So that's where I sit: wondering whether subjective experiences like this are worth writing about. Obviously I finally decided that anything this fine, is worth it.

This example might be useful to people who are in the mood to stop thinking of aerobic exercise as a dreary grind that you do only because it is 'good for you.'  It would be useful to them to understand how calm euphoria from aerobic exercise intensifies the enjoyment of so many things, sleep, music, water, food, or just about anything!

Sunday, January 11, 2015

Part II, Ascetics as Athletes of the Will

It is rare for me to enjoy a biography. That is one reason why I am bothering to write about Ramachandra Guha's "Gandhi Before India." Last post I credited it with being a non-hagiography.

Over the course of the book I came to the same conclusion as the author at the close of his book (page 546/672):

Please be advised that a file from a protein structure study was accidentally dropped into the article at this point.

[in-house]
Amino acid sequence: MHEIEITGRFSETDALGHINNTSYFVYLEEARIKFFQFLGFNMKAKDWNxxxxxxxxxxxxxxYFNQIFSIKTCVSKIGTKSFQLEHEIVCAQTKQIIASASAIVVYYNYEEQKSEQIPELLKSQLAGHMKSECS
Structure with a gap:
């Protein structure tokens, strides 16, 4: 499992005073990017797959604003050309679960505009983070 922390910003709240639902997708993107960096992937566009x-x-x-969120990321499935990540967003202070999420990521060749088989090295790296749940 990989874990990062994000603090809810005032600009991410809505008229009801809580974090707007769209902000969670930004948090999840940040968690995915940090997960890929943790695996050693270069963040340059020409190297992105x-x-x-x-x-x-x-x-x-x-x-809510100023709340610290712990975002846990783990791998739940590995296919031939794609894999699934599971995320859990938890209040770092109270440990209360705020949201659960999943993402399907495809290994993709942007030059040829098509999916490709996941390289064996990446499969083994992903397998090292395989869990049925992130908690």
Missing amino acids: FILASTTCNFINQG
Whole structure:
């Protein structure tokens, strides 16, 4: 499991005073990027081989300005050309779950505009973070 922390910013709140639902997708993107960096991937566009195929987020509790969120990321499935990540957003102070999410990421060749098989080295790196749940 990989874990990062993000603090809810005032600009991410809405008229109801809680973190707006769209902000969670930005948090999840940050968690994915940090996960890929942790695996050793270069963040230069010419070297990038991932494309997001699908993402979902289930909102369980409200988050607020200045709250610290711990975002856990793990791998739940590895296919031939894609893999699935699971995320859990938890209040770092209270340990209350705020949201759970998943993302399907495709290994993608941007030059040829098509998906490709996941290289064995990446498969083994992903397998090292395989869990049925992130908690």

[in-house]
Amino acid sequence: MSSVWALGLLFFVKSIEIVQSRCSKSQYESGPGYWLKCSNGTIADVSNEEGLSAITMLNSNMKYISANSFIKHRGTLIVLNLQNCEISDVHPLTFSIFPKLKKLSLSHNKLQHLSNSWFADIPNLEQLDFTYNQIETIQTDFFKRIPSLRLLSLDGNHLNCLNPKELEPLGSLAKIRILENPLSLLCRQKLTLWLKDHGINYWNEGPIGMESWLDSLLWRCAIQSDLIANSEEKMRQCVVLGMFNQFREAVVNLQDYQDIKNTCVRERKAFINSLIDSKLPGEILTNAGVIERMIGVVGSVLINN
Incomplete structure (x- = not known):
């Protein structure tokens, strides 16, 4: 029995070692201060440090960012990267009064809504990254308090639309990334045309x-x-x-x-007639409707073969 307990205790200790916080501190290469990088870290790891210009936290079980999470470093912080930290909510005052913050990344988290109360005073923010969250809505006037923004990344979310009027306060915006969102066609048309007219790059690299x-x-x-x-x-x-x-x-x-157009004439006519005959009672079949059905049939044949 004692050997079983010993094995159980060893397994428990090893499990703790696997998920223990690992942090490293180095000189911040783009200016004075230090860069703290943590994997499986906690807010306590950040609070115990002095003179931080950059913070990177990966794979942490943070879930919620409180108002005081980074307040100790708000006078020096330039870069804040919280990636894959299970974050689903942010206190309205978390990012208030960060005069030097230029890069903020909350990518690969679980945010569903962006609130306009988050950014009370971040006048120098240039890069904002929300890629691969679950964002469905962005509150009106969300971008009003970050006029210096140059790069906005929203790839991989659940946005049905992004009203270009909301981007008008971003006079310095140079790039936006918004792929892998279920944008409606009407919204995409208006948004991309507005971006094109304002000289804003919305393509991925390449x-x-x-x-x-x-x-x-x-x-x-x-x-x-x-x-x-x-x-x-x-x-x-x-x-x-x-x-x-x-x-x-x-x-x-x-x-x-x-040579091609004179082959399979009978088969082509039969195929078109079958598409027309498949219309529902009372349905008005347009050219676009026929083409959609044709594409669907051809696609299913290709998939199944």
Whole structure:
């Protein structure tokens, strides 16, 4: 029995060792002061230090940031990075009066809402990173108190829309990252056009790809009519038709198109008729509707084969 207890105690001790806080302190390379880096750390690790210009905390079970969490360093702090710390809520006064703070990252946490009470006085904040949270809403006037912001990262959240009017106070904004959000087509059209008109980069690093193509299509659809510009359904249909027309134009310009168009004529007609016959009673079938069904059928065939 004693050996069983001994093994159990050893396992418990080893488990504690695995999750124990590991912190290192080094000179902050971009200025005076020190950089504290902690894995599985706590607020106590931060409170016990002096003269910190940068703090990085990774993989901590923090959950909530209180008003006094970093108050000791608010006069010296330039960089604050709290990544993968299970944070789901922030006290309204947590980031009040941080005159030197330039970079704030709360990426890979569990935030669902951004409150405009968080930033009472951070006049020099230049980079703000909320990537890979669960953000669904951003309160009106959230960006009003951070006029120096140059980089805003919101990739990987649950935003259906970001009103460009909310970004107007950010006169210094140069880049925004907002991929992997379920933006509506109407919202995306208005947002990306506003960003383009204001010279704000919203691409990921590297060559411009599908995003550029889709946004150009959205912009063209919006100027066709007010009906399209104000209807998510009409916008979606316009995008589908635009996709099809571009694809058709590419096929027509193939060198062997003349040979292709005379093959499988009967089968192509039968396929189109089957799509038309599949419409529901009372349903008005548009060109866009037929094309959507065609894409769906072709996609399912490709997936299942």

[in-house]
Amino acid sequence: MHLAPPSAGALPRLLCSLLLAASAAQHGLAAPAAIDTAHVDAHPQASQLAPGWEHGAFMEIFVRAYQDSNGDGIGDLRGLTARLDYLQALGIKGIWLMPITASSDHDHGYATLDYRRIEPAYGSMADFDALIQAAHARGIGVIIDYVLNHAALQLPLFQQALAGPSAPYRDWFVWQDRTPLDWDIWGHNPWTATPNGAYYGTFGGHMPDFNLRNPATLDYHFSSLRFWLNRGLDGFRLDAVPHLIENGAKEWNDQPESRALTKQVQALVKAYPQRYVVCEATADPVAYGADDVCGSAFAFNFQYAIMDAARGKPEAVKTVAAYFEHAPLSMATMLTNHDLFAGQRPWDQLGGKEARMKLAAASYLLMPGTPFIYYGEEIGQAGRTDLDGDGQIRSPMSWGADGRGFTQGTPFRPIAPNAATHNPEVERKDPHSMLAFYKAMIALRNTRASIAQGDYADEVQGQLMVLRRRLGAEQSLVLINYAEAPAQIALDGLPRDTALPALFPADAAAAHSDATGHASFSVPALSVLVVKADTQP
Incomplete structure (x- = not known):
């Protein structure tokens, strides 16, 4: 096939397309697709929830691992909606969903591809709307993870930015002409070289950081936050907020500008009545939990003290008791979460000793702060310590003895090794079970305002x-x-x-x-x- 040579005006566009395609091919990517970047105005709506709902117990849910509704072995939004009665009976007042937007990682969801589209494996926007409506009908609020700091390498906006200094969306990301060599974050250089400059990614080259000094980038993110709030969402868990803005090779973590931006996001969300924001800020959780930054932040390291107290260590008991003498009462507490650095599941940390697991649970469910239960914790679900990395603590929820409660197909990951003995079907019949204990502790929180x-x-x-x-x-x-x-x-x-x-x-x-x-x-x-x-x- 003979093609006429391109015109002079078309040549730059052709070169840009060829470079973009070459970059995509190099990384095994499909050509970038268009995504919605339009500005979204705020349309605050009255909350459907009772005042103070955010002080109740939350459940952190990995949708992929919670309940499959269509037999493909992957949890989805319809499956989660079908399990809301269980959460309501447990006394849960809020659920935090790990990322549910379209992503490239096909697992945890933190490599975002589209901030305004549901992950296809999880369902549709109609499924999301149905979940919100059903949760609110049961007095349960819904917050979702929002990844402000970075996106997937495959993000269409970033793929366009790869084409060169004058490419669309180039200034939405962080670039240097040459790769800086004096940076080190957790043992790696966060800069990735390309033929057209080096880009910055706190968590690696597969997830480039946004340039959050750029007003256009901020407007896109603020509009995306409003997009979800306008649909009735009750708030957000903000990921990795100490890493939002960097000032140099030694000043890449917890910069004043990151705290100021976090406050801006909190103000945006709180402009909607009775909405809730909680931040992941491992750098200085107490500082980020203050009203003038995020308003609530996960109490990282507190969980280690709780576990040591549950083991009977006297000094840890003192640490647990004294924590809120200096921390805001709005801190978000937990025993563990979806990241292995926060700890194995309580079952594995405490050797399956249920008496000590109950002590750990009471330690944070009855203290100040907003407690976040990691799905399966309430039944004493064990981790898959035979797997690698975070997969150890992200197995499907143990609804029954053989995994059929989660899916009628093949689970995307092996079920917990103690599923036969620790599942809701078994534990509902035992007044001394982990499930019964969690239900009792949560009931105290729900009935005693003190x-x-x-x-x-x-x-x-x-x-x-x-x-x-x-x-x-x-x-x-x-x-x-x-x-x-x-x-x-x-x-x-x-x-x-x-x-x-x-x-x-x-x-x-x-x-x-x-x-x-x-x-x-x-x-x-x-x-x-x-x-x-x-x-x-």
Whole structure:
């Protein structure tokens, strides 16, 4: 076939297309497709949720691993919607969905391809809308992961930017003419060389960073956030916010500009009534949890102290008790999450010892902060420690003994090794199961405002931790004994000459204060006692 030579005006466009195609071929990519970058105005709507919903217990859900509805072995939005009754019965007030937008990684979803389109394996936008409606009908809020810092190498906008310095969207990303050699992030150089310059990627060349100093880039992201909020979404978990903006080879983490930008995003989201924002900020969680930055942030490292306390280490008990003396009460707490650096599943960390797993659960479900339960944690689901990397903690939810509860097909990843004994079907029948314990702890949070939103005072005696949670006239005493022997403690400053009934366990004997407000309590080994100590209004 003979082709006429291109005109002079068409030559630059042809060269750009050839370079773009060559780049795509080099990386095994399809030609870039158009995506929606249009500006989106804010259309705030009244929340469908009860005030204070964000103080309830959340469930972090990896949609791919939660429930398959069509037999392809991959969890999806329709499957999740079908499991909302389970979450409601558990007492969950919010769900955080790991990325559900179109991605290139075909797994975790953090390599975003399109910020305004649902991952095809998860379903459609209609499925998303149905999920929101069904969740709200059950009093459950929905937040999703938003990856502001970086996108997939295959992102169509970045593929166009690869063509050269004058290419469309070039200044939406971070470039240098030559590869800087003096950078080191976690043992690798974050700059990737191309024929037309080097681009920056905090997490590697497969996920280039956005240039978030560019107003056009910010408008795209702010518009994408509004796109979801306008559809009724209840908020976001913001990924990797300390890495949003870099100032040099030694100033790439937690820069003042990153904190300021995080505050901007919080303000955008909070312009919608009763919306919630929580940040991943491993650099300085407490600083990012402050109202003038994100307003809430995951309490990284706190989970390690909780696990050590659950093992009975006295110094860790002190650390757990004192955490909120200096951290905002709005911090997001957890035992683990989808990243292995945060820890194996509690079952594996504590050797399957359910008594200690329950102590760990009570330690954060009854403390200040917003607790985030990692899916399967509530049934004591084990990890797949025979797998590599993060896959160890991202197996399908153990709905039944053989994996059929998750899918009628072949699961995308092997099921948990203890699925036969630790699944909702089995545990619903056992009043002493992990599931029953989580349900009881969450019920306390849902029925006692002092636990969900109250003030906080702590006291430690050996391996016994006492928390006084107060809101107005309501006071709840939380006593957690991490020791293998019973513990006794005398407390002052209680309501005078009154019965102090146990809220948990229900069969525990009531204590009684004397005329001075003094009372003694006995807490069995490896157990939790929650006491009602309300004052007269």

But let us not win the argument ... through hindsight, but rather try and see Gandhi's own experiments as he saw them, as steps to a purer, more meaningful life. To simplify his diet, to reduce his dependence on medicines and doctors, to embrace brahmacharya, were all for him ways of strengthening his will and his resolve. By conquering the need to be stimulated by sex and rich food -- the 'basal passions' according to his teacher Tolstoy -- Gandhi was preparing himself for a life lived for other people and for higher values.

If he ate little, and that merely fruits and vegetables, without salt, sugar and spices, if he didn't care how often (or if at all) he had sex with his wife; if he dressed simply and didn't own property or jewelry, he could more easily embrace the rigours of prison life...
Gandhi's asceticism was a daily regimen of "muscle building" which could be applied to his overall battle. It takes guts to go to prison. It takes guts to spend your time in a political struggle while neglecting your legal practice and source of income. His worries were intensified by being a husband and father. We have been so warped by the "Mahatma" nickname that we take Gandhi's courage for granted. He didn't just magically become brave, he made himself a little braver each day by gradually becoming independent of the things that enslave a person to the "System." He became an athlete of the will.